The Arduino replaces the old encoder. Its one little simple board that is modern and reliable. The Sketch (program) can be easily changed to customize it for whatever features you want that were not available on the original.

So by gutting a 40 year old Kraft, or whatever, you can thoroughly clean it and make it look nearly like new....Continue Reading
Posted by Scott Todd | Aug 05, 2018 @ 08:38 PM | 2,570 Views
When I started playing with Arduinos, I looked for all the stuff I could find and watched a ton of YouTube video tutorials. I had some questions related to radio encoders and it was often hard to find the answers. Well here are some lessons learned...

Phil says you shouldn't' use the bootloader. That is a little program already installed on the Arduino that helps other programs get loaded. I don't know all the details but suffice it to say, you don't want it. The way around it is to use an ISP programmer. Google it. Well I bought a few and struggled to get them to work. I use a Mac and I dont't have a plot of patience with computers. Then I found out you could use another Arduino. This worked well so I stuck to it. I have gone back to the ISP or FTDI programmers I bought and I always struggle to find the right drivers to get them to work. Well here is the Arduino method...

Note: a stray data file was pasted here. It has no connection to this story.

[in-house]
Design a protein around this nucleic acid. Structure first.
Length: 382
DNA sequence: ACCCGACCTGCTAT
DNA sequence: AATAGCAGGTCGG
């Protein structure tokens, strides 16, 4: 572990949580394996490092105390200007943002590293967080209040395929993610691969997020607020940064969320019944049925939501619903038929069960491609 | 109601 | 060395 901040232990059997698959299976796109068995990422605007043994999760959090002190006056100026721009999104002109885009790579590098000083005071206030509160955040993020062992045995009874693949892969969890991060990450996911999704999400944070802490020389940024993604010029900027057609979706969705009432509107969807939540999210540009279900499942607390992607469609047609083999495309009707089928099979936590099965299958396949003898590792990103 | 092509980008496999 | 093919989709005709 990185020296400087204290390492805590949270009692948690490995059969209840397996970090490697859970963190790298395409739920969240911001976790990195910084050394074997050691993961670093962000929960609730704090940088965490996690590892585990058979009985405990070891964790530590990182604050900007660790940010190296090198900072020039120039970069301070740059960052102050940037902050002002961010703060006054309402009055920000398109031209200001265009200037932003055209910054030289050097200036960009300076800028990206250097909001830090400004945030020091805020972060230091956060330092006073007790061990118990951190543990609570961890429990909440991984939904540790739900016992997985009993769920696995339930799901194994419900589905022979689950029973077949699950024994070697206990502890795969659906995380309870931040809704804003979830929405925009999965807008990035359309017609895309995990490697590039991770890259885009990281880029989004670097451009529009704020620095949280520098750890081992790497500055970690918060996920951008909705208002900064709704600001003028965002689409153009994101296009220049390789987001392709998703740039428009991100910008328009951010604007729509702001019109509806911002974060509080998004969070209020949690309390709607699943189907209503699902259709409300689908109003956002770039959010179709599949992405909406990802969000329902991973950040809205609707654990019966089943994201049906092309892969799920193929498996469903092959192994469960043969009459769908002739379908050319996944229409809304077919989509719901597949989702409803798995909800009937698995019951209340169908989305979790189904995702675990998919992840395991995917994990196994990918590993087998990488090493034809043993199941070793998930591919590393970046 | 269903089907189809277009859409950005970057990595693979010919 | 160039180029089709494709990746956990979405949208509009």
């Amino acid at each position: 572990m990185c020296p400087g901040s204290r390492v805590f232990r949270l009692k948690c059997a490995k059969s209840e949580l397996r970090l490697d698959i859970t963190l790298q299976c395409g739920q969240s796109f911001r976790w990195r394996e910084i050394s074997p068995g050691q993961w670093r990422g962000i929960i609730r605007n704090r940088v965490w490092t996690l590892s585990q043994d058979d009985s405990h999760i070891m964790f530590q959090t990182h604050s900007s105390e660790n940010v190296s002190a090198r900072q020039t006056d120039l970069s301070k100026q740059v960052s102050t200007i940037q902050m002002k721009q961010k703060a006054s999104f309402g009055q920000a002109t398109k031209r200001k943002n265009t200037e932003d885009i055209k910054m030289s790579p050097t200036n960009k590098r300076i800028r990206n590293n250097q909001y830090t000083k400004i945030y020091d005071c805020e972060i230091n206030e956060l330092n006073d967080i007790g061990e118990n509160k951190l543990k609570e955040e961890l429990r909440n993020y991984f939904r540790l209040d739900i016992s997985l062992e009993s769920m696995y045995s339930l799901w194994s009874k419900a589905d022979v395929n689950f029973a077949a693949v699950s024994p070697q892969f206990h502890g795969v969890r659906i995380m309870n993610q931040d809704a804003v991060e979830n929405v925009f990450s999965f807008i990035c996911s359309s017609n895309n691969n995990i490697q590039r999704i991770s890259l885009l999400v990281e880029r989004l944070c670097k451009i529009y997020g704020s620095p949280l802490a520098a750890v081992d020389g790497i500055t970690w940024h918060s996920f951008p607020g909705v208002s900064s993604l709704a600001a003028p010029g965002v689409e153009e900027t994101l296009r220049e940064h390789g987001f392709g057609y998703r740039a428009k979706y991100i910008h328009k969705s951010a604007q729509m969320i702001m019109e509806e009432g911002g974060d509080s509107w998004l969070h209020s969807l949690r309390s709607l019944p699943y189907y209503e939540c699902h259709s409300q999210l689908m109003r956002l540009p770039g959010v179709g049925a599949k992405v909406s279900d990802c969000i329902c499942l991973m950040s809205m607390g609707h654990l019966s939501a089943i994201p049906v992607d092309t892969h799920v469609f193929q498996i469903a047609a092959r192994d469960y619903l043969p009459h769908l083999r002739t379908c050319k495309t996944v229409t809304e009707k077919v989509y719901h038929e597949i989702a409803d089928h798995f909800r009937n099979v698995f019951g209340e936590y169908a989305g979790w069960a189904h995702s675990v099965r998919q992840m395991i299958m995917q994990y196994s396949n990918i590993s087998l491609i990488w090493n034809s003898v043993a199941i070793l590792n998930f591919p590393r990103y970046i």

Hopefully you have or will have a simple Arduino dev kit. There are several on Amazon for less than $20 and some as low as $15 that include a knock-off Arduino. Well they are open source so they're really not kock offs. Anyways, just buy one. You can use the LEDs and resistors on your conversion. You can use the jumper wires to make an adapter like shown in the photo below. Just tape all the headers together to make it easy to plug into your Nano or Pro Mini. Oh yeah, buy some Nano's or Pro Minis. There are links in the first post of my Vintage thread.
Posted by Scott Todd | Aug 02, 2018 @ 11:18 PM | 3,648 Views
I think most of you will recognize these. My room mate in college had one. It worked well and never gave him any trouble. It was made by Futaba thru the mid 80's and used the same basic case as the Boat 3EGP I presented in the other thread of my blog.